Vitamin D and COVID-19 Infection

Josef Richter1, 2, Vaclav Vetvicka1, *, Vlastimil Král3, Stanislava Richterová3
1 Zdravotní ústav se sídlem v Ústí nad Labem, Czech Republic
2 Department of Pathology, University of Louisville, KY 40292, Lovisville, USA
3 Vojenská zdravotní pojišťovna Ústí nad Labem, Czech Republic

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© 2023 Richter et al.

open-access license: This is an open access article distributed under the terms of the Creative Commons Attribution 4.0 International Public License (CC-BY 4.0), a copy of which is available at: This license permits unrestricted use, distribution, and reproduction in any medium, provided the original author and source are credited.

* Address correspondence to this author at the Zdravotní ústav se sídlem v Ústí nad Labem Czech Republic; E-mail:



The COVID-19 epidemic resulted in a global crisis of public health. Therefore, the possibility of prevention, leading to reduced infection and/or an improved disease state, is the subject of intensive attention. The novelty of this study is the direct evaluation of vitamin D levels with the risk of COVID-19 infection.


Currently, several nutraceuticals, including vitamin D, beta-glucan, and some minerals, are being studied for their role in stimulating immunity. Our study focused on the relationship between levels of vitamin D in immunodeficient patients and the risk of the development of COVID-19.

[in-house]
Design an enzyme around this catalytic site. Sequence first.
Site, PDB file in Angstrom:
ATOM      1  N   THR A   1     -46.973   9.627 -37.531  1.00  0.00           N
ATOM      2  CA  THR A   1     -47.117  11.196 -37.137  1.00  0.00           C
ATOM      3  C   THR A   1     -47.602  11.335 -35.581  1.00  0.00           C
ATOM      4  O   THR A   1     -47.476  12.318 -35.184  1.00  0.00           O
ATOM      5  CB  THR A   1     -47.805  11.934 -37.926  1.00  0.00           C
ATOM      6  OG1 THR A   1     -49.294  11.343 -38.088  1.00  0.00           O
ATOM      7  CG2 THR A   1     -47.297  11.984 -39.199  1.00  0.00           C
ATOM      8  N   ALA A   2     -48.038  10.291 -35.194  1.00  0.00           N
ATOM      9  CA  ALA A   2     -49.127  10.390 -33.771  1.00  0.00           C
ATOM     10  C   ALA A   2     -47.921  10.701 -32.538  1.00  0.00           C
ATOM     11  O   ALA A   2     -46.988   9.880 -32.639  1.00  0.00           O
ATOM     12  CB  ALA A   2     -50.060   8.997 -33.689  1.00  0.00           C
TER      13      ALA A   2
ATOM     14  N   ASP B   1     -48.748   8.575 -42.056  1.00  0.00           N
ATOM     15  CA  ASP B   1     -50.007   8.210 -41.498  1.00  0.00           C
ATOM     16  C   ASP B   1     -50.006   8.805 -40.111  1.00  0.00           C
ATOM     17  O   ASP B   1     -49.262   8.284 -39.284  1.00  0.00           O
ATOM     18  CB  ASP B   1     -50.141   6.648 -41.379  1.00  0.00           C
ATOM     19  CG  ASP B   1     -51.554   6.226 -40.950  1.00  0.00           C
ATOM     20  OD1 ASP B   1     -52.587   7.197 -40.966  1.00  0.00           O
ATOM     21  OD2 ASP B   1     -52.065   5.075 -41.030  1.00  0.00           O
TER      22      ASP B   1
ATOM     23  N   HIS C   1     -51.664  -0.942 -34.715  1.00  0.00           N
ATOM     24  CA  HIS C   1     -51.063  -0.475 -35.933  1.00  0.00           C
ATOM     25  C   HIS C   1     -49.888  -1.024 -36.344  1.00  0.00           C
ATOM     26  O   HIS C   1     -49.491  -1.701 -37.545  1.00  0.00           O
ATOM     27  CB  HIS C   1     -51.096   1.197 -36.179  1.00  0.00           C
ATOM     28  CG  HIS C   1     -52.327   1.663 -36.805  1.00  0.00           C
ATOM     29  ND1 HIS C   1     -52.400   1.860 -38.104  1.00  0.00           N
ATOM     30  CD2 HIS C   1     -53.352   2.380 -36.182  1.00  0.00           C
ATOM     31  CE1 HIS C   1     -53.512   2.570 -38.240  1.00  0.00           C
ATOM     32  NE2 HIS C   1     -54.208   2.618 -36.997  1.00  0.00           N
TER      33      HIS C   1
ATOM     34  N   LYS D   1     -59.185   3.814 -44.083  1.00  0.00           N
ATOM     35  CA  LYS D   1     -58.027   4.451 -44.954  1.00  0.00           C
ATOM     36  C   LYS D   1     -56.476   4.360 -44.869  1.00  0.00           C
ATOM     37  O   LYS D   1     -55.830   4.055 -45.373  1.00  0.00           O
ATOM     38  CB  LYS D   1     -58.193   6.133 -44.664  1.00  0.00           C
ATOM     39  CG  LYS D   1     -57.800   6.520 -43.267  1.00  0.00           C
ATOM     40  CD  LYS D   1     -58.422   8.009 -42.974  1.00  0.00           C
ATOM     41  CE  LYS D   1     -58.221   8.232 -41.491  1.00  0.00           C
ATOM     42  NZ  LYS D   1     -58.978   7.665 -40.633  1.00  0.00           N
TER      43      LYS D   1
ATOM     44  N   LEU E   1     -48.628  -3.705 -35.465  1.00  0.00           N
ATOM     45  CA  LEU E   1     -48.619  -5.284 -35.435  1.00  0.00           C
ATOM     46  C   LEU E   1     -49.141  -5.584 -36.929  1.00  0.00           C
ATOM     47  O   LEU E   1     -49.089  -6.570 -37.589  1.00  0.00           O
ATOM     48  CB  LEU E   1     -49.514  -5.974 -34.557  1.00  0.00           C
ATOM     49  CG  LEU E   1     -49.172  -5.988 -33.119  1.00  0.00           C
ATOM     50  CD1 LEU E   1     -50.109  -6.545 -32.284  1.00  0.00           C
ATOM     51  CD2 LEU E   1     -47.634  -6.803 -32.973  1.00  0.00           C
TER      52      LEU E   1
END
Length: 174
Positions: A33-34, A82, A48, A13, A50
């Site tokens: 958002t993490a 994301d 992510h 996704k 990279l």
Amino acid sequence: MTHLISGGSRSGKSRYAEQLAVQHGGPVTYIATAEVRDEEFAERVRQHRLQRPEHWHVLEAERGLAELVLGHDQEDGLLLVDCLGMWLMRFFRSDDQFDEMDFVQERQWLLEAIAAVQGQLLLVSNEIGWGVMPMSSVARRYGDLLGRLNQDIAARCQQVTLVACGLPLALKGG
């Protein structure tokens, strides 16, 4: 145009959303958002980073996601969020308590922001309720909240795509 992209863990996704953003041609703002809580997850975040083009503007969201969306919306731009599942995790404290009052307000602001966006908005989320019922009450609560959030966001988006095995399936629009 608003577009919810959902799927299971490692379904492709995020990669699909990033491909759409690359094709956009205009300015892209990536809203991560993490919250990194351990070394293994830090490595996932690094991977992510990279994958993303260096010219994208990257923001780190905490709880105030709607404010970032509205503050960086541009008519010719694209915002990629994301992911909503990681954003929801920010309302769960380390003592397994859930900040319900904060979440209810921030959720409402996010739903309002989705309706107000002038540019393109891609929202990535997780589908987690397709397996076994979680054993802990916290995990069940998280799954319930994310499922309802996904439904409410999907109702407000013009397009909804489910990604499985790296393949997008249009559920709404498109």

In this study, patients were supplemented with vitamin D.


In a group of 71 patients, we found that patients with vitamin D levels below 30 ng/ml had an increased risk of COVID-19 development and more severe disease progress. In patients with blood levels over 40 ng/ml, we consistently found high levels of protection against COVID-19 infection.


The most important finding is that vitamin D levels above 40 ng/ml result in the reduction of risks of serious clinical manifestation of COVID-19 infection.

Keywords: COVID-19, Vitamin D, Immunity, Supplementation, Disease, Clinical manifestation.